Yeltsinned Against

Yeltsinned Against

Yeltsinned Against

A summary of what's in the major U.S. newspapers.
May 13 1999 6:58 AM

Yeltsinned Against

The New York Times, Washington Post, and Los Angeles Times lead with Boris Yeltsin's sudden dismissal of his prime minister, Yevgeny Primakov. USA Today fronts the story, but goes instead with the Senate's first gun control vote since the Littleton massacre, the party-line defeat of a proposal to require instant background checks on weapons purchasers at gun shows. (A story also fronted by the Post and the NYT.) USAT notes that case investigators believe all four of the guns used in the Littleton shooting might have been originally purchased at gun shows.

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Primakov is the third PM to be canned by Yeltsin in fourteen months. The reason Yeltsin gave for the firing in his televised statement was Primakov's failure to turn the economy around, but both Times report it also had to do with Yeltsin's concern about Primakov's independence and popularity and his close ties to Communists in the government. The coverage notes that once again, under the rules of the Russian constitution the move sets up a complex power struggle between Yeltsin and the Russian parliament. If the Duma turns down Yeltsin's PM candidate (a long-time internal security official) three times, then Yeltsin has the authority to dissolve the Duma. But he can only do this if the Duma is not pursuing the impeachment charges against him that it is considering. The charges are wide-ranging, including conspiring to destroy the Soviet Union, but the consensus is that the one with the best chance of passing is launching the civil war against Chechnya. The papers also note that the upheaval imperils the IMF's latest bailout package and distracts Russia from its role as a peacemaker in Kosovo.

The fronts at the NYT, the LAT, the WP, and the Wall Street Journal all give plenty of space to the surprise resignation announcement yesterday by Treasury Secretary Robert Rubin. The papers say that any extended period of concern in the financial markets about lack of Treasury leadership was checked by President Clinton's immediate statement that he would nominate Treasury's #2, Lawrence Summers, for the top spot. The Rubin coverage is pretty hagiographic. Rubin's departure, opines the WP, "deprives the administration of one of its most influential and respected figures," a person "whose steely stewardship of U.S. economic policy commanded admiration on both Wall Street and Capitol Hill." The coverage that best breaks through the back-patting is the NYT's, which high up states that many in Asia felt that Rubin's formula of conditioning IMF loans on high interest rates and government spending cuts led to high unemployment and more severe recessions. The NYT and LAT also explain best that inside the administration, Rubin led the budget-balancers against the social program spenders, a debate that the NYT says he "ultimately won." But the information-averse tendencies of economic journalism are also plenty in evidence. The LAT quotes Alan Greenspan as saying, "I cannot begin to describe how much I have learned from Bob Rubin," and doesn't get another sentence out of the Fed chairman.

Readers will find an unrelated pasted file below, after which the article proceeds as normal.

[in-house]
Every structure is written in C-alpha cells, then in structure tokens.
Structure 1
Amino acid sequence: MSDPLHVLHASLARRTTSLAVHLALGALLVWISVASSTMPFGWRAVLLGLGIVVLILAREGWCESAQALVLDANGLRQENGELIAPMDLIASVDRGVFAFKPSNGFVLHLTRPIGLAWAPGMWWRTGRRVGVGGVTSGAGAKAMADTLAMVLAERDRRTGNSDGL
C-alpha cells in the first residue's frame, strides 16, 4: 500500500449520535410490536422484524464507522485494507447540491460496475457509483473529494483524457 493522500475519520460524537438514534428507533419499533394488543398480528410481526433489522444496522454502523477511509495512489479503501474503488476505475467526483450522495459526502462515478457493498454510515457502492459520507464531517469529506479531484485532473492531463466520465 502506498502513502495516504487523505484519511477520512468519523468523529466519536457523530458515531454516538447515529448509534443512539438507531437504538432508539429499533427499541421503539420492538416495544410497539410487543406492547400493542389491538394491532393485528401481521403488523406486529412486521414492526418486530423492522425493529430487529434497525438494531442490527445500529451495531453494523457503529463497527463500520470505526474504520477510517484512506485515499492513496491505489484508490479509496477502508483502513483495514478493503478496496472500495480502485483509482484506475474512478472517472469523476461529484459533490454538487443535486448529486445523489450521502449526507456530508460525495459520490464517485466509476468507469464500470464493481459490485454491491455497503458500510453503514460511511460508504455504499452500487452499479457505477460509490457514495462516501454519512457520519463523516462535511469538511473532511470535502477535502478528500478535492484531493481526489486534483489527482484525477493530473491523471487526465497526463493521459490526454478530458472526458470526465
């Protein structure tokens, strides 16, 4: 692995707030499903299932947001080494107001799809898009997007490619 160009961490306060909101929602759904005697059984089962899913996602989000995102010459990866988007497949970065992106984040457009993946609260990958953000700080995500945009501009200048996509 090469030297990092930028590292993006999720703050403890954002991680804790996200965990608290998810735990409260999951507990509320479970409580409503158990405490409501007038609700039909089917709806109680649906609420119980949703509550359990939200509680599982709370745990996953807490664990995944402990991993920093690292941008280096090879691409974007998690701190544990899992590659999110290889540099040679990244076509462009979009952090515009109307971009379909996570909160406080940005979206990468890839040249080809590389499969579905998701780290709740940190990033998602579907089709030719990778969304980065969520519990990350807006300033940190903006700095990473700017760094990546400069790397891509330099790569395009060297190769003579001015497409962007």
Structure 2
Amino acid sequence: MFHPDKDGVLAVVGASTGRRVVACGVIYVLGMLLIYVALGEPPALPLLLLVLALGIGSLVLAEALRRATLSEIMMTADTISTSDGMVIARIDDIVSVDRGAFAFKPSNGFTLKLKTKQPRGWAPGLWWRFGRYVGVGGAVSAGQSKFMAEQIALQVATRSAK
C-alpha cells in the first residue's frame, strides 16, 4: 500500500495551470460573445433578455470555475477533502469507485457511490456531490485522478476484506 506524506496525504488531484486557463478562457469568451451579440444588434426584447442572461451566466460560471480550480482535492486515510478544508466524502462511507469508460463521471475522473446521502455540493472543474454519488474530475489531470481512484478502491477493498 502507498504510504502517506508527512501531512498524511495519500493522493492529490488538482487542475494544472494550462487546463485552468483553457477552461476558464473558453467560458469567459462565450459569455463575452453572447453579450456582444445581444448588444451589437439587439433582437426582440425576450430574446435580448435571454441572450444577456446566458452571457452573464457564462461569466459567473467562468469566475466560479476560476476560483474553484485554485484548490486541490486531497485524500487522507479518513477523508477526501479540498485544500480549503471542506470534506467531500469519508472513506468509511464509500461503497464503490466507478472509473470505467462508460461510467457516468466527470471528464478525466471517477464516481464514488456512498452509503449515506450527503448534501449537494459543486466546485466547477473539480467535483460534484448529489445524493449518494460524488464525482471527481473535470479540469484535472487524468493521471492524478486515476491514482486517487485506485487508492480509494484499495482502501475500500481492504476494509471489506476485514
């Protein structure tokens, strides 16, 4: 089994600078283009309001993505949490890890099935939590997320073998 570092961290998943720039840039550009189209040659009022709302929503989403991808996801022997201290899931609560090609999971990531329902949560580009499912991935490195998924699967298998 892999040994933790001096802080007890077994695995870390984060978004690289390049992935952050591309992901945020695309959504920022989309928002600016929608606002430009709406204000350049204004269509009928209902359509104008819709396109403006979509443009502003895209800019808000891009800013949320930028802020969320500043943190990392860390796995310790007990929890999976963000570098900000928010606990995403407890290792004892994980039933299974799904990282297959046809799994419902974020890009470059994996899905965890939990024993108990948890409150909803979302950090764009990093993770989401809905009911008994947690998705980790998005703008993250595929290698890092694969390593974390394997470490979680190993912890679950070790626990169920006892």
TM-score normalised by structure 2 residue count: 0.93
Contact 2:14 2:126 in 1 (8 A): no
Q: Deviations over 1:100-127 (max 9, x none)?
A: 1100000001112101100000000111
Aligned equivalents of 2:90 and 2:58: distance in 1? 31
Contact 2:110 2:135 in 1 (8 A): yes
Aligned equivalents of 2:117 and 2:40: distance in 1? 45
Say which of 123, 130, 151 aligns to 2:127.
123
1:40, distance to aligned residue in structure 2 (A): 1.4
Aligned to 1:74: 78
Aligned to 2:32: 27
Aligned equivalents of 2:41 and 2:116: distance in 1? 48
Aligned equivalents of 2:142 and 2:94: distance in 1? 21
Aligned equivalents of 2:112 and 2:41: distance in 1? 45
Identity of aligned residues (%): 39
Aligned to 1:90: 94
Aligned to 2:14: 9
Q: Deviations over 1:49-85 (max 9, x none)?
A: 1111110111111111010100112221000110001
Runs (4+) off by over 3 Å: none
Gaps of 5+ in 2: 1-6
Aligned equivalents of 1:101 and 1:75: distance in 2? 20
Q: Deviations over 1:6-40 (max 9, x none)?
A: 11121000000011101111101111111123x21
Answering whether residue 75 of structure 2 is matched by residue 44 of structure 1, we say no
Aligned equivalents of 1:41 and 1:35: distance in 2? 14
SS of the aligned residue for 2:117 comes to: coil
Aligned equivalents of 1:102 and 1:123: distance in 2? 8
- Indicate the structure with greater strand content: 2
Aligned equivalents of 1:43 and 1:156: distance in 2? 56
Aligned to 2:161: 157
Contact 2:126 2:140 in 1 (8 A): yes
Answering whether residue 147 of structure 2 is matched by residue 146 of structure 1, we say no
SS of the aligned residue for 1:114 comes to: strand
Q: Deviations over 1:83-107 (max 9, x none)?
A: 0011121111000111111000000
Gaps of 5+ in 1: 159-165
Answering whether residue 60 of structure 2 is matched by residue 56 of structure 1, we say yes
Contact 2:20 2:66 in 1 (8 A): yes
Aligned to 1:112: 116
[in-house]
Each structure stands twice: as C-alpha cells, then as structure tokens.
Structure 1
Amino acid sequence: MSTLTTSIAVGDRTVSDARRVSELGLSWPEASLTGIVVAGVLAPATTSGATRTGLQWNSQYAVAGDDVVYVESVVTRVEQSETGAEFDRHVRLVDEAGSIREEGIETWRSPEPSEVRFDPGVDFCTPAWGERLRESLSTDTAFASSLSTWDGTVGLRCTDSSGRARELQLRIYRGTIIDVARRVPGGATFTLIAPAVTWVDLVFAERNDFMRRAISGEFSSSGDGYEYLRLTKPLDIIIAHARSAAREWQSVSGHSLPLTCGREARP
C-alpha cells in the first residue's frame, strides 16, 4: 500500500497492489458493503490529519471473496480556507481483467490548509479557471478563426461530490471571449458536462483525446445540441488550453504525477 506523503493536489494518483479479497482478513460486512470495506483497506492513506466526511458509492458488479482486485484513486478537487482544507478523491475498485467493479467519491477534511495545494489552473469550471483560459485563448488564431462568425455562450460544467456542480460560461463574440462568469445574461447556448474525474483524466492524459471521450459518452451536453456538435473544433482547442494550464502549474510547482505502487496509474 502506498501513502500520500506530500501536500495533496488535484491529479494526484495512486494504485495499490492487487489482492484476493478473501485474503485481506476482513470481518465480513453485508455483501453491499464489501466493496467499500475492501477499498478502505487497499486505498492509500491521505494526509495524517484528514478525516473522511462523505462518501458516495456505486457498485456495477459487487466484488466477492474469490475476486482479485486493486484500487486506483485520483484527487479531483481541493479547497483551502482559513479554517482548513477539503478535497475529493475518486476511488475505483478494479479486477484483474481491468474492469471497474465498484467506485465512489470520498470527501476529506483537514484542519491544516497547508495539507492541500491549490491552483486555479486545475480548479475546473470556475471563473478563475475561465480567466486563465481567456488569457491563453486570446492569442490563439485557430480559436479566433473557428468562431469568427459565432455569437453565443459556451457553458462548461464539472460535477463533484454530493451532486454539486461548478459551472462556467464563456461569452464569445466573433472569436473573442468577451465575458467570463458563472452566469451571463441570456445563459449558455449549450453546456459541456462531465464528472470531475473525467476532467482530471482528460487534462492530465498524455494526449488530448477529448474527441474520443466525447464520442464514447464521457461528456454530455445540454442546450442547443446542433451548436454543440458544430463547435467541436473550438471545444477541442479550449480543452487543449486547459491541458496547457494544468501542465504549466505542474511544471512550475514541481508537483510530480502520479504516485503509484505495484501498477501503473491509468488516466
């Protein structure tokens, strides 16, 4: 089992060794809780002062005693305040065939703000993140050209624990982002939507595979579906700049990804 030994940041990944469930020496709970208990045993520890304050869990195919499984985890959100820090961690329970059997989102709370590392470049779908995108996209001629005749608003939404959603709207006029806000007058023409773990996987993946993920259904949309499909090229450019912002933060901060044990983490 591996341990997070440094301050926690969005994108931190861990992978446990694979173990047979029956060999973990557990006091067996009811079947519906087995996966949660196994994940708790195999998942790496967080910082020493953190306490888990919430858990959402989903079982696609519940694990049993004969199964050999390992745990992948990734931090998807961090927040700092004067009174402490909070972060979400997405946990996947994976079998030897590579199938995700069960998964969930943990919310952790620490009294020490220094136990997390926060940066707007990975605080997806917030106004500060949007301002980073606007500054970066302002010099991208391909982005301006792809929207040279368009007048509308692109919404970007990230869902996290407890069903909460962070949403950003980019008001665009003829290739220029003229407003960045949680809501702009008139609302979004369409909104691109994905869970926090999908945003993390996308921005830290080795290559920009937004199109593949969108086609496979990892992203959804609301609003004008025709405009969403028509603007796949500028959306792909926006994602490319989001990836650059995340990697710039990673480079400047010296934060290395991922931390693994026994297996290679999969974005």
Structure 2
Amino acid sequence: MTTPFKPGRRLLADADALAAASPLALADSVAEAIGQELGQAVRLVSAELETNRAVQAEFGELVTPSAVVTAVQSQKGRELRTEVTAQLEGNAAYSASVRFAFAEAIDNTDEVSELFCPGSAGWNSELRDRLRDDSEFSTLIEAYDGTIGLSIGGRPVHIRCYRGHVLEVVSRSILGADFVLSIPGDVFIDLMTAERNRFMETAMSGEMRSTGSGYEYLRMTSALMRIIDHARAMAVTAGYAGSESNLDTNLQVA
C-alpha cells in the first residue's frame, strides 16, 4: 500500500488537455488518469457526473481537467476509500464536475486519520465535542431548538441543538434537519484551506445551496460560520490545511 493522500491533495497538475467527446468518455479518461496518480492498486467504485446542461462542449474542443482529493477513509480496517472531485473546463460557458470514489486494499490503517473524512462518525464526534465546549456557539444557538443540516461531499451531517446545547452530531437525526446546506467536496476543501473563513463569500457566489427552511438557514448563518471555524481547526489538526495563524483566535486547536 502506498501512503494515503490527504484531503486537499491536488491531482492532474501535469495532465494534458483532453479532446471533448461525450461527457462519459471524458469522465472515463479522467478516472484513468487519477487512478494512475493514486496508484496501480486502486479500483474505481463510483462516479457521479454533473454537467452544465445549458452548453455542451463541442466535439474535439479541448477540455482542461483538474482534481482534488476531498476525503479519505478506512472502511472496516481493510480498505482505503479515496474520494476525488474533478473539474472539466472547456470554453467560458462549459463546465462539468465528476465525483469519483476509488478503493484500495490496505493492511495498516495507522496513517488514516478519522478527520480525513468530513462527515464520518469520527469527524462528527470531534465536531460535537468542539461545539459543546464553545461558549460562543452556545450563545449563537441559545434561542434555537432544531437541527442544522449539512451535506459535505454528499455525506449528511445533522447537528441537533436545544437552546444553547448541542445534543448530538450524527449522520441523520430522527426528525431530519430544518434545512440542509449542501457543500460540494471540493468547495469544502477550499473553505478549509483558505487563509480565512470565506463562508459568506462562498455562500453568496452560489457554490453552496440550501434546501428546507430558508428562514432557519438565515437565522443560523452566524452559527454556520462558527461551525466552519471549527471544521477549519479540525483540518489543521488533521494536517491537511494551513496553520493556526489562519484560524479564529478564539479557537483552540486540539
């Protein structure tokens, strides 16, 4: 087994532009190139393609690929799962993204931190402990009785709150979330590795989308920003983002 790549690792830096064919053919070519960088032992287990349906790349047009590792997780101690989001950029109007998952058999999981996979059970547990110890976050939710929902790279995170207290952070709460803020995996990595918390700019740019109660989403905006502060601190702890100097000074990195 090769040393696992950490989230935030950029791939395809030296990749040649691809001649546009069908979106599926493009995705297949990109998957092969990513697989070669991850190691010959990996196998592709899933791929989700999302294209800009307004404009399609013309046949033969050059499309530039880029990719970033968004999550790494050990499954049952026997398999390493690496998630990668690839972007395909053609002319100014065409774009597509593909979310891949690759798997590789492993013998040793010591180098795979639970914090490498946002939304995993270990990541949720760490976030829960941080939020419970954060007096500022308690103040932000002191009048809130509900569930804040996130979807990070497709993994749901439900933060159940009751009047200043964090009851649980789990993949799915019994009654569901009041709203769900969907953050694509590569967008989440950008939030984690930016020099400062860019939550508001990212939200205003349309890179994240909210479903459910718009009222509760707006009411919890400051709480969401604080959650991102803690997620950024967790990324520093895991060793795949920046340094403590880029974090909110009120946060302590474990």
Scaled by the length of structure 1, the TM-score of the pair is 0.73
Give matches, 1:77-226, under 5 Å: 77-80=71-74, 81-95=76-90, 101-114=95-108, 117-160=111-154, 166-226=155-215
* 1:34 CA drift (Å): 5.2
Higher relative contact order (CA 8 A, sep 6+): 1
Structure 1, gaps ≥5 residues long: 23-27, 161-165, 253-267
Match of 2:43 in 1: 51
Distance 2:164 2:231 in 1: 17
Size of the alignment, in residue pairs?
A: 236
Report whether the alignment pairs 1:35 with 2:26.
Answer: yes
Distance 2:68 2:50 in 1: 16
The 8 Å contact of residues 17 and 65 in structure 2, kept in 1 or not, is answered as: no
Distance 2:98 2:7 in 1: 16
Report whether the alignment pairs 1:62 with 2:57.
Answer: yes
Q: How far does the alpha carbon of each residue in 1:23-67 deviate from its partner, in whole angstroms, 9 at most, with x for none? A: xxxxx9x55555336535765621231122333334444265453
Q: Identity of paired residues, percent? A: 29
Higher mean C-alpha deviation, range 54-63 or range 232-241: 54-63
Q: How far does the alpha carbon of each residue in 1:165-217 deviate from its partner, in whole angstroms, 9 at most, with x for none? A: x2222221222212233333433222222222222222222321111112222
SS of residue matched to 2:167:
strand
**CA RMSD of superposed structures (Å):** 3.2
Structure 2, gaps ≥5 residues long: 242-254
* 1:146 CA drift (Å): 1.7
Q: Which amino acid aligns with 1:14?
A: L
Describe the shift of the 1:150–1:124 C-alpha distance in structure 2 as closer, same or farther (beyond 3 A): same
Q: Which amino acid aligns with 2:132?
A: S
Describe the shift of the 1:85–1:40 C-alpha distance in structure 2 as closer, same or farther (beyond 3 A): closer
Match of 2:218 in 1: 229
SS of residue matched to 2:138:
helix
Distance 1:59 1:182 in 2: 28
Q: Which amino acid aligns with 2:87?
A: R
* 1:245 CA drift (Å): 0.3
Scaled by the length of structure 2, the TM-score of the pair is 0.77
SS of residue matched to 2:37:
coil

The NYT runs a Reuters dispatch reporting on a first-of-its kind internet-related government crisis. Officials of the British government were in flail mode yesterday trying to shut down a U.S.-based web site that apparently has posted names of dozens of British intelligence agents. The British government appealed to British media outlets not to publish the site's address.

The WP and NYT report that at the eleventh hour, NBC has laundered the term "nuclear waste" out of this weekend's made-for-TV-movie "Atomic Train." NBC is owned by General Electric, which has holdings in the nuclear power industry.

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The man who mistook his hat for a point. With all the big ideas on what to say about the Littleton high school shooting already taken, world renowned neurologist Oliver Sacks makes a contribution to the NYT op-ed page anyway. It seems that restricting young people's access to such materials as the ingredients in pipe bombs would have a heretofore-unappreciated drawback: keeping lethal materials out of the hands of junior scientists too. Sacks longs for the day when youthful would-be scientists could, like he did when he was a child, have enough chemicals "to poison or blow up much of greater London." Let's see the NRA improve on nostalgie de la boom.